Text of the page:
If you asked Mr Edward Muwonge, a trader in a mall adjacent to Qualicel Bus terminal, downtown Kampala, to consider importing his merchandise from other countries other than China, chances are that he would say: “Yes” are close to none. His reasons? He could run into losses, yet it is easier for him to make profit from his current Chinese merchandise.
But also, he would need to have huge working capital, build a serious brand maybe through advertising and be patient enough to wait for five years before he can earn off his sales. His reasons, like those of his business partner Mr Emmanuel Kasole, are completely business related.
“Most of our goods are from China. China is known as one of the easiest countries to import goods from,” Mr Kasole says before Mr Muwonge delves more into the conversation.
“80 per cent of what we sell in my designers’ shop is from China, 5 per cent is from Italy while the rest is from Turkey,” Mr Muwonge chips in.
Mr Muwonge sells shirts, ties, shoes and trousers and has been at it for close to 12 years now. Using his own statistics, he believes 90 per cent of what is traded in the mall originates from China, including men’s and women’s wear while India partially accounts for the remaining percentage. The answer to the question on the major magnet for traders is the cost of goods from these markets.
“There is every class of merchandise from China, from the best to the lowest quality, be it leather shoes or plastic shoes. The advantage the Chinese have is that they can produce for everyone in the African market. Italians produce high quality things yet Africans want to buy cheap things because that is what they can afford,” Mr Muwonge says.
Since times are hard and consumers are looking for commodities within their budget, retailers turned to selling affordable merchandise without much regard for quality. In Muwonge’s example, most downtown retailers look for cheap merchandise to make a profit.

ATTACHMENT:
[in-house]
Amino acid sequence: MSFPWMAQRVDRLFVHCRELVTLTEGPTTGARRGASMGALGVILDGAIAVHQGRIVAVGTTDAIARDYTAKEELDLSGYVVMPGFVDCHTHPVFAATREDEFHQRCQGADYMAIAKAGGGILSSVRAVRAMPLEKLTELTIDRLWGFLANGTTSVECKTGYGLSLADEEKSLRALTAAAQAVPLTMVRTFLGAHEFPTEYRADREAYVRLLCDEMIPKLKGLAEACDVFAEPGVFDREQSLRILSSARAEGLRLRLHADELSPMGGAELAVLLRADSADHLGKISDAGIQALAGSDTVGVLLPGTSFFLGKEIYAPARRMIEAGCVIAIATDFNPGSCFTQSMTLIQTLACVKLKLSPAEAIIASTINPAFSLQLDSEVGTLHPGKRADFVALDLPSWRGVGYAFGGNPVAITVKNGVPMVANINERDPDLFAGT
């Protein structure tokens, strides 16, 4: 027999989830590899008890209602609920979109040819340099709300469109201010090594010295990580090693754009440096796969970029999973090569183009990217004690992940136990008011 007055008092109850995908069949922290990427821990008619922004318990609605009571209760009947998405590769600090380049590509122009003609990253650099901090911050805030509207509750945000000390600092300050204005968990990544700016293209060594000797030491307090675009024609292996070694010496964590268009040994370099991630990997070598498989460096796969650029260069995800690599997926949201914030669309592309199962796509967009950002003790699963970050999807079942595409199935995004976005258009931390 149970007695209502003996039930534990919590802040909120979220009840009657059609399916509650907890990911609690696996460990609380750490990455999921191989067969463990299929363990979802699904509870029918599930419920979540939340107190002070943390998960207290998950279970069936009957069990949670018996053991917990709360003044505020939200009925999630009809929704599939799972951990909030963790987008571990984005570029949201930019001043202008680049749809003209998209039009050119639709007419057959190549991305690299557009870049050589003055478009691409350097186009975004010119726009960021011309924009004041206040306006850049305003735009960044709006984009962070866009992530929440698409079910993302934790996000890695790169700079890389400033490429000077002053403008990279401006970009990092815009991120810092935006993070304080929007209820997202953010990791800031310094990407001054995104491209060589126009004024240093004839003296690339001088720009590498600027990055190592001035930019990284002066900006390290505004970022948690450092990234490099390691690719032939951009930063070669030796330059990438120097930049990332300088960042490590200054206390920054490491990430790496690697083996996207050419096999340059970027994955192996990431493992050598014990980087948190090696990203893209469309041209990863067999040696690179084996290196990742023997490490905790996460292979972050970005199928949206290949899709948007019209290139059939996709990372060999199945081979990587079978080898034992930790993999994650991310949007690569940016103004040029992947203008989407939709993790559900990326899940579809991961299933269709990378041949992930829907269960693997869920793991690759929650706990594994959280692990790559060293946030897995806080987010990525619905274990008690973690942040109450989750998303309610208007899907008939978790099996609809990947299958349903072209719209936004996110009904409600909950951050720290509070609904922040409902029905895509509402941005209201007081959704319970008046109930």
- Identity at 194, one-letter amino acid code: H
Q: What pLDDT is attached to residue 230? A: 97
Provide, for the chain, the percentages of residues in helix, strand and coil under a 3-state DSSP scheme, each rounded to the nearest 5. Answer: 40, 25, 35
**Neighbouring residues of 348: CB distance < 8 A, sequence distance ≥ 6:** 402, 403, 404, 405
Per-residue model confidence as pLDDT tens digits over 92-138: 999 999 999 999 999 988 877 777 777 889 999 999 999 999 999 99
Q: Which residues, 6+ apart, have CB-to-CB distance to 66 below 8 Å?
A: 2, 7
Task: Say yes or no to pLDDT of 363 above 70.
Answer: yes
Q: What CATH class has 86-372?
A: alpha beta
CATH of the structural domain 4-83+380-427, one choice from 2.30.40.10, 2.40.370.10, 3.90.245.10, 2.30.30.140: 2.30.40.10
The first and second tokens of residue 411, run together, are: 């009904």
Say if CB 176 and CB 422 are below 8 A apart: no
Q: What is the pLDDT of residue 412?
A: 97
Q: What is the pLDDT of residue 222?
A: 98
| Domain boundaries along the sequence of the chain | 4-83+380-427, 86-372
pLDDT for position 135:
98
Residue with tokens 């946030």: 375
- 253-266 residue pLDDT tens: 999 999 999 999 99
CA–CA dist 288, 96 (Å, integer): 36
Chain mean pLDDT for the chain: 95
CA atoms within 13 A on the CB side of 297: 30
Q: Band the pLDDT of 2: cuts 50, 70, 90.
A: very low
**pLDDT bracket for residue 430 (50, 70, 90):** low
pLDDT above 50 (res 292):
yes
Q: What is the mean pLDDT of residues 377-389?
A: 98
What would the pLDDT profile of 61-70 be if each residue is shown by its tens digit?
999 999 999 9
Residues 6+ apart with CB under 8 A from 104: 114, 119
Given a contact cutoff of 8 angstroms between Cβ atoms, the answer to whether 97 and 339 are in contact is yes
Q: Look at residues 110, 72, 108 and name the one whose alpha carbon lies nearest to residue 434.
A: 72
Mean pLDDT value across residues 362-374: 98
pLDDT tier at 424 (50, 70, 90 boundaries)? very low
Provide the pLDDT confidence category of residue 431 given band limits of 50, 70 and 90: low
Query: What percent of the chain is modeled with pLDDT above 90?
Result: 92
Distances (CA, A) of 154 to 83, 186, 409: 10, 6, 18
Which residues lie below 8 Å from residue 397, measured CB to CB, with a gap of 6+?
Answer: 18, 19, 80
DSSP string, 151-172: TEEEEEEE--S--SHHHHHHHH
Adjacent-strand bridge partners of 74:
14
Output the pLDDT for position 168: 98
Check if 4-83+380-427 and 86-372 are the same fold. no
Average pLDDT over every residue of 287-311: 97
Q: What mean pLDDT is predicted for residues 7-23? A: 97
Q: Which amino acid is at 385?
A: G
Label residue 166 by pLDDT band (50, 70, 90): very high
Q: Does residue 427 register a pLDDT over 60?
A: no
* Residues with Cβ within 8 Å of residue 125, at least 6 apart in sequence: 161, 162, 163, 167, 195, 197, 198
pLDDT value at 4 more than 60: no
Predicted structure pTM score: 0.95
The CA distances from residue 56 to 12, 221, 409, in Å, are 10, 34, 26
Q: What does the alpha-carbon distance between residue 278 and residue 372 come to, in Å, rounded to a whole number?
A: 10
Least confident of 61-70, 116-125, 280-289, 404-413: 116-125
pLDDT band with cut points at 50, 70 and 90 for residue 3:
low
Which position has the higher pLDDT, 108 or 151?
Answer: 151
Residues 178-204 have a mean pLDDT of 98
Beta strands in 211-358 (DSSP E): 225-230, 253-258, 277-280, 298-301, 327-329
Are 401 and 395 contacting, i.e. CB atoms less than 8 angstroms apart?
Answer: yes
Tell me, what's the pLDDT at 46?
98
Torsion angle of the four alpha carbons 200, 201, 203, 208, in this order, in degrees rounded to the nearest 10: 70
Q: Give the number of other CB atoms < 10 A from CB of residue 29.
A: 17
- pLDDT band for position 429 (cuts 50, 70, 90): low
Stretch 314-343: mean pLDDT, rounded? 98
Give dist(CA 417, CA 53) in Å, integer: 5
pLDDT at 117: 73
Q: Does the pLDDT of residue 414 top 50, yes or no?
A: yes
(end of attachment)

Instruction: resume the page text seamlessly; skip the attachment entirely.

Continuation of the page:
“If you show a retailer a shirt worth Shs20, 000, he will ask for one that costs Shs11,000 so that he can sell it at Shs20,000 and make a profit,” Mr Muwonge says.
Trends are also responsible for the shift to Chinese and Indian markets. Consumers, he explains, want a product that is on vogue but affordable. Quality hardly matters since they are willing to use it for a short time and China provides the cheap designer items.
It could be years since you last bought an item with labels ‘Made in U.K’ or somewhere in Europe or United States of America (USA).
It is hard to talk of quality without mentioning Europe or USA. The two are synonymous with quality – albeit with relatively expensive quotations.
Uganda now imports most goods from Asia and the Middle East particularly China and India.
Household items that could pass for simple basics such as toothpicks or toothpaste have to sit through hours as they journey from the Far East to the Ugandan market.
Surprisingly though is how business people go across borders just to import simple items such garlic – from China.